Businesses Suffer From Big Security Gaps

VERNON HILLS, Ill. ( TheStreet) -- Small businesses are realistic about how they're faring in the economy, but they suffer delusions of grandeur when it comes to subjects such as disaster recovery, data backup and information security, according to a report by CDW.

Still wary about an economic rebound, only 45% of respondents said they were optimistic about their chances for significant growth in the next five years. But while 99% of 613 surveyed executives reported believing their businesses could recover data in the event of a major loss, the majority haven't actually prepared for it.

To wit: Forty-five percent of responders said they have no plan to evacuate vital records and equipment in case of an emergency (hurricane, fire, what-have-you), 29% have no data-restoration systems, 29% have no means of backing up data from a remote location and 13% don't even bother to back up their data on a regular basis.

"We took it as a classic case of the knowing/doing gap," says Lauren McCadney, senior director of the small-business segment at CDW. "Typically, there are multiple layers to a business continuity plan. What we've seen happen is that businesses have one piece in place, not understanding that if they don't have the entire solution, they leave themselves vulnerable."

At the same time, the majority of businesses don't have sufficient IT-security measures in place, the report says. A fifth have failed to install anti-virus software, such Norton AntiVirus from Symantec ( SYMC), on all company PCs. Fifty-one percent don't bother to change their passwords periodically. Two-thirds have no virtual private network or remote access client (such as those available from Citrix ( CTXS) or Cisco ( CSCO). That's an important security measure for any small business that employs telecommuters. And 37% don't bother with spam filters.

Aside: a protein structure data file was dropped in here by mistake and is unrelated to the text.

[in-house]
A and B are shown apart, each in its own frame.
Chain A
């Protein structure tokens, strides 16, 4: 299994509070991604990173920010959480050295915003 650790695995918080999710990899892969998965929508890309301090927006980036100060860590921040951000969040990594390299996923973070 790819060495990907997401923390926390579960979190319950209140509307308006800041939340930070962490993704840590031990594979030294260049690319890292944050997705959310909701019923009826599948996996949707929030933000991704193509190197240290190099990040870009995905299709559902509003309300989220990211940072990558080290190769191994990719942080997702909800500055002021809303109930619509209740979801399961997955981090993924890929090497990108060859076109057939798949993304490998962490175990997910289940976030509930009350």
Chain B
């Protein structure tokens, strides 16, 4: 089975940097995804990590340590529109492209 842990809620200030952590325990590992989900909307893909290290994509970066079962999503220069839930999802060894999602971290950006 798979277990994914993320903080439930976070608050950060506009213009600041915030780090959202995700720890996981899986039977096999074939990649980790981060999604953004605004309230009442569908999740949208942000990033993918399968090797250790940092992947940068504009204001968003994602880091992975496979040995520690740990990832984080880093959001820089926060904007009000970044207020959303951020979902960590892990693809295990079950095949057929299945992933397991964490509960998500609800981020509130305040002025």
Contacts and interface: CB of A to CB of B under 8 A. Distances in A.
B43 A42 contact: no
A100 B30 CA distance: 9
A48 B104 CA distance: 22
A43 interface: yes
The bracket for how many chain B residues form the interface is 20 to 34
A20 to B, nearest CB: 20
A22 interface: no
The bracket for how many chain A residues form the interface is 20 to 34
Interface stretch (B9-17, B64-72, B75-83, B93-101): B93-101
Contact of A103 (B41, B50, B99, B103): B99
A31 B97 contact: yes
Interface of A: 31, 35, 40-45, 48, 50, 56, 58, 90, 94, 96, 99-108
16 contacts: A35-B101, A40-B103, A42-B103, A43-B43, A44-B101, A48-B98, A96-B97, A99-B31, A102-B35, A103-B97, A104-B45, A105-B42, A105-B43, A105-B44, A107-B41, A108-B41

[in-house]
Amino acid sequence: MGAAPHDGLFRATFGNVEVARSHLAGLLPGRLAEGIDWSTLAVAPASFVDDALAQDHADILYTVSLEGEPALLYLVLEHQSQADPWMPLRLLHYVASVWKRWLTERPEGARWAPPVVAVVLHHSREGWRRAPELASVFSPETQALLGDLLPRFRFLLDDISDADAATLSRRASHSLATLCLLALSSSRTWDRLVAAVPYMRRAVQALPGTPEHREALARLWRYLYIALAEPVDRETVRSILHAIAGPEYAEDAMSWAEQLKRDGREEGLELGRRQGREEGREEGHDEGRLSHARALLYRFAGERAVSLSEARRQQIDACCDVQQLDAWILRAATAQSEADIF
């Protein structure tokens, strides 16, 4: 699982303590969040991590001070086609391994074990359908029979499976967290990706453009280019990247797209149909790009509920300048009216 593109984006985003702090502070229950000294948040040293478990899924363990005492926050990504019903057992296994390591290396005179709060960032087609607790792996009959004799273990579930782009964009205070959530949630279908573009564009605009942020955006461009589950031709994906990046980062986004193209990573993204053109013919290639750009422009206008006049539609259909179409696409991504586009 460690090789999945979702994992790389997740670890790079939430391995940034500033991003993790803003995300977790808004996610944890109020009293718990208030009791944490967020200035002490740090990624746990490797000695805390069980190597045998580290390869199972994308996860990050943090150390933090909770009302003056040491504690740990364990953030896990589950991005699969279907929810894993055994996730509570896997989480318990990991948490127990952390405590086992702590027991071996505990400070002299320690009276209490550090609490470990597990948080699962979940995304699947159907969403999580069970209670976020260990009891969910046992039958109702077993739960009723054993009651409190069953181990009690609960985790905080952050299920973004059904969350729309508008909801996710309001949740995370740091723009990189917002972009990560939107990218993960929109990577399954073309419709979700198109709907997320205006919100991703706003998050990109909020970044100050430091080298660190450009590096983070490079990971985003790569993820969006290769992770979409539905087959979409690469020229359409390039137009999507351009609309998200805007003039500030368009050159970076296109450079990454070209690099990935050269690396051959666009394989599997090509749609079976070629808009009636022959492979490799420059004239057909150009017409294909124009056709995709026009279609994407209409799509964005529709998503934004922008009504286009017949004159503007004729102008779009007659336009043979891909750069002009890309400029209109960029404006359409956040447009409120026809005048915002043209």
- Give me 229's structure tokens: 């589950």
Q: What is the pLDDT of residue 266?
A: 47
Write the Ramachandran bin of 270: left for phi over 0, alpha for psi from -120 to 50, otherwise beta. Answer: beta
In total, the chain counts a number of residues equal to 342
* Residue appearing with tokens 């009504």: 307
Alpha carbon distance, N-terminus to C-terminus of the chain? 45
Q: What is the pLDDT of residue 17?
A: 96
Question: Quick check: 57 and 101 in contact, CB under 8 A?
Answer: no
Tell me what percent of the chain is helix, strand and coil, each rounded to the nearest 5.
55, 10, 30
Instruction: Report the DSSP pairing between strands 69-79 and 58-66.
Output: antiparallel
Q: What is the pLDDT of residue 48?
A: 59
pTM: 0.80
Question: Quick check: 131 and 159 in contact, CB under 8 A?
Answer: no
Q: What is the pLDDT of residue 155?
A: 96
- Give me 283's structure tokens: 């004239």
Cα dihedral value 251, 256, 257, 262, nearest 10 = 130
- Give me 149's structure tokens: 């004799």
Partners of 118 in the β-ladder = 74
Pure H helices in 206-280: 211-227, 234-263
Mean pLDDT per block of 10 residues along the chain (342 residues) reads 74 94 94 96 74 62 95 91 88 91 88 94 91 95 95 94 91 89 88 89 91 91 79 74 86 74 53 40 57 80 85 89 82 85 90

The study also found that most small businesses aren't prepared for the sudden departure of the chief executive or other key executive. That's due, in part, to employees failing to adequately share information. Sixty-two percent of respondents reported they have no knowledge-management system in place, or just aren't sure whether they do. That may have something do with the fact that "knowledge management" is an overused, amorphous marketing term. And in the past, small businesses may have shied away from knowledge-management software because it required multiple licenses for multiple applications. But in the age of social media, there's no excuse not to share information. Software analysts are bullish on the next release of Sharepoint from Microsoft ( MSFT), which is in beta tests now and due out next year. It includes features such as blogs, wikis and user profiles. There's even a "Sharepoint for Small Businesses" page on Facebook.

"This is the direction that knowledge-management -style initiatives are going in -- encouraging collaboration among workers through social media and the sharing of expertise rather than just having a static repository of it," says Katey Wood, a research associate at The 451 Group, a technology consultancy in New York.

-- Reported by Carmen Nobel in Boston.